With respect to Romanelli's first motion, the district court determined that Romanelli had not demonstrated that he made reasonable efforts to secure his own lawyer or that he had been prevented from doing so. Regardless, the court noted the correct legal standard in the event Romanelli were to make such a showing: “the court must consider whether plaintiff is able to represent himself given the legal difficulty of the case, and if he is not, whether having a lawyer would make a difference in the outcome of his lawsuit.” (Appellant App. at 23.) Because at the time Romanelli made his motion none of the defendants had filed an answer, the district court properly concluded that the case was still in its infancy, thereby making it impossible at that juncture to make any accurate determination regarding Romanelli's abilities or the outcome of the lawsuit. Therefore, we hold that the district court's denial of the first motion without prejudice was reasonable.

When the district court addressed Romanelli's second motion for the appointment of counsel, it found that Romanelli had met the threshold burden of showing an inability to find a lawyer willing to represent him. The court then considered the complexity of the case and concluded that the legal issues were “not overly difficult.” (Id. at 26.) The court opined that “[a]ll plaintiff needs to show to prevail on his claim is that he had a serious medical need and that defendants consciously disregarded that need․” (Id. at 26-27.) Based on its review of the pleadings, the court determined that Romanelli could competently represent himself. Because the court found that no exceptional circumstances existed that would merit appointment of counsel, it denied the motion. We agree and conclude the second denial was reasonable.

In considering Romanelli's third motion for court-appointed counsel, the district court again considered the complexity of the case and Romanelli's ability to litigate. Romanelli alleged that he had been unable to depose the defendants and that he needed a lawyer in order to do so. The district court was unpersuaded:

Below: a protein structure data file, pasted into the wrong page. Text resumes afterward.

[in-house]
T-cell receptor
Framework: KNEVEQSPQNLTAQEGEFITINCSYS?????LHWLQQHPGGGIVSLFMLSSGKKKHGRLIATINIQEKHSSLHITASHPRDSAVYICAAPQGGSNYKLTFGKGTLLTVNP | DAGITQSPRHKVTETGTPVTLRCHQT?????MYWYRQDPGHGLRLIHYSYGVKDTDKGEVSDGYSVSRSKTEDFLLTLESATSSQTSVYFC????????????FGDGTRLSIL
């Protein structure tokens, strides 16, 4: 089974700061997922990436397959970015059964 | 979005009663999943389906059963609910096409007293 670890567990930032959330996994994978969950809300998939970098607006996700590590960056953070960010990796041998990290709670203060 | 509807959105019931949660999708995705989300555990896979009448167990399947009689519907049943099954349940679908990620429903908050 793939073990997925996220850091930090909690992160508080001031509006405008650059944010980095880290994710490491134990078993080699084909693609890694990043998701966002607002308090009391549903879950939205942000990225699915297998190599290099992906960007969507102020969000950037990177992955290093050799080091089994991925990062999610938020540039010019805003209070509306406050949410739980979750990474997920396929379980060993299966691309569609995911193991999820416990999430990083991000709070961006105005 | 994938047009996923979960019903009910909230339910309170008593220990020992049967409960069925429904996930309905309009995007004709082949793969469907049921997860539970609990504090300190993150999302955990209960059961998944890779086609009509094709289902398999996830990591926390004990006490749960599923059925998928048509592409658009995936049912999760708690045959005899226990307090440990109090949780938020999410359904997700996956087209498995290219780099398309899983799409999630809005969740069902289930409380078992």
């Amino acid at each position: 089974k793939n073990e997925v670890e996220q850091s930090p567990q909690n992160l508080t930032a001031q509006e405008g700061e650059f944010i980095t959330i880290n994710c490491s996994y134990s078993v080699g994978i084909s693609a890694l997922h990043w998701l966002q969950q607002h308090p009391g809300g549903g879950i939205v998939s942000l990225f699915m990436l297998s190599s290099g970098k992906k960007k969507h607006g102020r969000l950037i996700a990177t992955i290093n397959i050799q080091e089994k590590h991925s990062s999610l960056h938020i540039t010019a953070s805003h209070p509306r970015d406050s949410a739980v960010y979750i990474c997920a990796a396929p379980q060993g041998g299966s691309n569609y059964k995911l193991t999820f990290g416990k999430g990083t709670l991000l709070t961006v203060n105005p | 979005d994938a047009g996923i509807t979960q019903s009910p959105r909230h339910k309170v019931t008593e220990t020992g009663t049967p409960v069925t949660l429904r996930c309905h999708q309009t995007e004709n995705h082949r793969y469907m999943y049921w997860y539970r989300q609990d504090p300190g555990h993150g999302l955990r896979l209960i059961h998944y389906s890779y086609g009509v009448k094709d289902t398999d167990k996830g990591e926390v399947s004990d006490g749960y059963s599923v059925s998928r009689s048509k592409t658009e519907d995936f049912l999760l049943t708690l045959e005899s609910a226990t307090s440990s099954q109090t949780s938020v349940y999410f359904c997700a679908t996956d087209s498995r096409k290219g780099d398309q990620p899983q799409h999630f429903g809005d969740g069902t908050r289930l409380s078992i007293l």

The record ․ reveals that plaintiff has competently represented himself thus far. All of his submissions have been coherent and articulate. Plaintiff has successfully defeated defendants' motion for summary judgment․ He has been provided with instructions relating to the conduct of trial and is presently taking steps to prepare for trial․ The governing law of this type of claim ․ was explained to plaintiff․ Plaintiff is uniquely qualified to testify to his understanding of the reason he was denied treatment. In sum, I can conceive of no reason why plaintiff cannot prosecute his claims on his own.

(Id. at 29.) The court also addressed Romanelli's claim that he was incapable of representing himself because he had been prescribed and was taking an anti-depressant medication. It determined that such facts did not give rise to the “exceptional circumstances” noted in Fanner, 990 F.2d at 322.

Like the district court, we see no reason why Romanelli could not have deposed the defendants or how his medication adversely affected his ability to litigate, and we take note of the court's observation that such medication might actually have accrued to his benefit. The district court applied the appropriate legal standard, and its decision was reasonable in light of the facts supported by the record.